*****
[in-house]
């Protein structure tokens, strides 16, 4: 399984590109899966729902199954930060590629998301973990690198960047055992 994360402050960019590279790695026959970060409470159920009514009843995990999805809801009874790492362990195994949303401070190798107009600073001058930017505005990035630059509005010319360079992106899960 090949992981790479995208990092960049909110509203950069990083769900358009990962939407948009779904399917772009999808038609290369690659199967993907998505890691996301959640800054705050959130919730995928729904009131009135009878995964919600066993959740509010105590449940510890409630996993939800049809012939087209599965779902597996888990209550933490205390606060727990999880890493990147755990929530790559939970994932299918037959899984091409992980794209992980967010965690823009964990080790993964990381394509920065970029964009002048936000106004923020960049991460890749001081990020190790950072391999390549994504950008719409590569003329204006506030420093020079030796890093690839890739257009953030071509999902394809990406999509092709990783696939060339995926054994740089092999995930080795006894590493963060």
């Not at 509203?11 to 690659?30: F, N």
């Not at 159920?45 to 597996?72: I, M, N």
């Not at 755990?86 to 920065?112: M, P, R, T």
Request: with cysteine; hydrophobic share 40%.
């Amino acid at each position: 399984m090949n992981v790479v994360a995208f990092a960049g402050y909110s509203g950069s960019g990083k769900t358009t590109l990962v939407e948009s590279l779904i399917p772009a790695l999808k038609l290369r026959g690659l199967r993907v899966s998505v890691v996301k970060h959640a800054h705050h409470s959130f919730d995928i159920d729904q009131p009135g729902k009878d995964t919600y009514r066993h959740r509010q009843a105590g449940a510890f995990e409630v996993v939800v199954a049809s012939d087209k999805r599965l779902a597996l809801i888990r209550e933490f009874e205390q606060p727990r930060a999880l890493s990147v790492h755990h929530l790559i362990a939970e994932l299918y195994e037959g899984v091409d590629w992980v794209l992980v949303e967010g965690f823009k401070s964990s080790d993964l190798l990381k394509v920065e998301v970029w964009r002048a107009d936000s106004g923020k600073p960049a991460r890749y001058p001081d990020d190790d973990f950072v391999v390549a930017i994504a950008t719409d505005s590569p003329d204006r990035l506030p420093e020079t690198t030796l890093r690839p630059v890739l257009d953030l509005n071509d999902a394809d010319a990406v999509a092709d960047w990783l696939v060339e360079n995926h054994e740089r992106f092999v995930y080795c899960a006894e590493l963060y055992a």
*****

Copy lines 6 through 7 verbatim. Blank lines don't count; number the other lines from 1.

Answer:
Request: with cysteine; hydrophobic share 40%.
């Amino acid at each position: 399984m090949n992981v790479v994360a995208f990092a960049g402050y909110s509203g950069s960019g990083k769900t358009t590109l990962v939407e948009s590279l779904i399917p772009a790695l999808k038609l290369r026959g690659l199967r993907v899966s998505v890691v996301k970060h959640a800054h705050h409470s959130f919730d995928i159920d729904q009131p009135g729902k009878d995964t919600y009514r066993h959740r509010q009843a105590g449940a510890f995990e409630v996993v939800v199954a049809s012939d087209k999805r599965l779902a597996l809801i888990r209550e933490f009874e205390q606060p727990r930060a999880l890493s990147v790492h755990h929530l790559i362990a939970e994932l299918y195994e037959g899984v091409d590629w992980v794209l992980v949303e967010g965690f823009k401070s964990s080790d993964l190798l990381k394509v920065e998301v970029w964009r002048a107009d936000s106004g923020k600073p960049a991460r890749y001058p001081d990020d190790d973990f950072v391999v390549a930017i994504a950008t719409d505005s590569p003329d204006r990035l506030p420093e020079t690198t030796l890093r690839p630059v890739l257009d953030l509005n071509d999902a394809d010319a990406v999509a092709d960047w990783l696939v060339e360079n995926h054994e740089r992106f092999v995930y080795c899960a006894e590493l963060y055992a």